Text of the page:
Last Updated 27 May 2020

Appendix G

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Associate Program Material
Appendix G

Wireless LAN Vulnerabilities Matrix

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Complete the following matrix by filling in the blank boxes in the table.

Security protection
Brief description
Vulnerabilities
Prevention (if any)
MAC address filtering
Only allows access to a device if its MAC address matches that of a pre-approved list on the router. MAC Spoofing
Don’t rely on MAC filtering alone.
Open system authentication (SSID beaconing)
Disables SSID from being broadcast so wireless networks are harder to detect. A spectrum analyzer can still be used to find the network name. Create a more complex SSID and password settings in your AP

WEP

Stands for Wired Equivalency Privacy. Uses 64 bit or 128 bit encryption. (including 24-bit IV) In larger networks, IV’s can be duplicated and cause collisions, which are easy to detect by outside influences Use WPA2 with AES or similar instead on larger, enterprise deployments.

Of the six categories of attackers, the one I would most want to break into my network would be hackers, as they attempt to penetrate your network and expose vulnerabilities, then inform you of them. This is opposed to a cracker, which will do the same thing, only steal the data and attempt to sell it. A script kiddie is very dangerous, as they are generally under-experienced hackers and crackers who use someone else’s codes and almost always have malicious intent.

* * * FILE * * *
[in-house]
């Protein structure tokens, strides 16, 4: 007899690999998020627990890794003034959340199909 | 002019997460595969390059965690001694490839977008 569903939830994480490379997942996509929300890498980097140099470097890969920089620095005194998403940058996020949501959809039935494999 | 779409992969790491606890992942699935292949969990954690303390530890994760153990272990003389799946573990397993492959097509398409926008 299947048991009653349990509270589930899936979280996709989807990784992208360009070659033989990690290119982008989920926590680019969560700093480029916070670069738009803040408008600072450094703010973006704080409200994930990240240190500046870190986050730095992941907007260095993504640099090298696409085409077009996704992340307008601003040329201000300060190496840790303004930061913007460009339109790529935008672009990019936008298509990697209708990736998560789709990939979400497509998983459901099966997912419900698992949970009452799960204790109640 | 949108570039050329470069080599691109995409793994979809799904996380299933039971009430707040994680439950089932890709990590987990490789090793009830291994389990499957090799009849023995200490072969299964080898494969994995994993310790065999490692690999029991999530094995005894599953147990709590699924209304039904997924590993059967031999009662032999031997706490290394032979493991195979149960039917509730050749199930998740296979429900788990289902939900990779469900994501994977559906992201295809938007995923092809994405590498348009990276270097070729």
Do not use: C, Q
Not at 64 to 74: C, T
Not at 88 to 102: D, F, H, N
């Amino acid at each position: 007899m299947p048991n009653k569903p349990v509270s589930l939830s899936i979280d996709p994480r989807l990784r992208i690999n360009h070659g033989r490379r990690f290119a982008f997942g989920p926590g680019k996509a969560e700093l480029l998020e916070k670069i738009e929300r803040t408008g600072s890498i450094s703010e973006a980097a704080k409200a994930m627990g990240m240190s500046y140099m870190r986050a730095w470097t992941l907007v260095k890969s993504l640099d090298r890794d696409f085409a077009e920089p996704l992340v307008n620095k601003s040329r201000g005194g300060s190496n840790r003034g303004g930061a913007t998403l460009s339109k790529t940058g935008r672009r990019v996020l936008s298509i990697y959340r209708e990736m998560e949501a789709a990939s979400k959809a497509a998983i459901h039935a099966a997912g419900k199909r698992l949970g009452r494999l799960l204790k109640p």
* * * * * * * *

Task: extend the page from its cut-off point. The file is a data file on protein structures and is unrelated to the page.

Between MAC filtering, WEP, and authentication, I believe that WEP is the
most secure of the three. MAC filtering can be easily overcome by MAC spoofing, and is not part of the 802.11 standard. Authentication is somewhat weaker than WEP, as someone could capture the cleartext challenge phrase and the encrypted response frame and gain access to the network. WEP is the strongest of the 3, but is still weak due to IV collisions which can be monitored and the hacker can recover the security key during those collisions.

In fact, hackers can even cause massive IV collisions to speed up the process. It should be noted this is really only an issue on larger wireless networks as there are approximately 16 million IV’s that can be handed out. But in an enterprise application, 16 million can happen in a matter of hours or days.

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Appendix G. (2016, Jul 17). Retrieved from https://phdessay.com/appendix-g/

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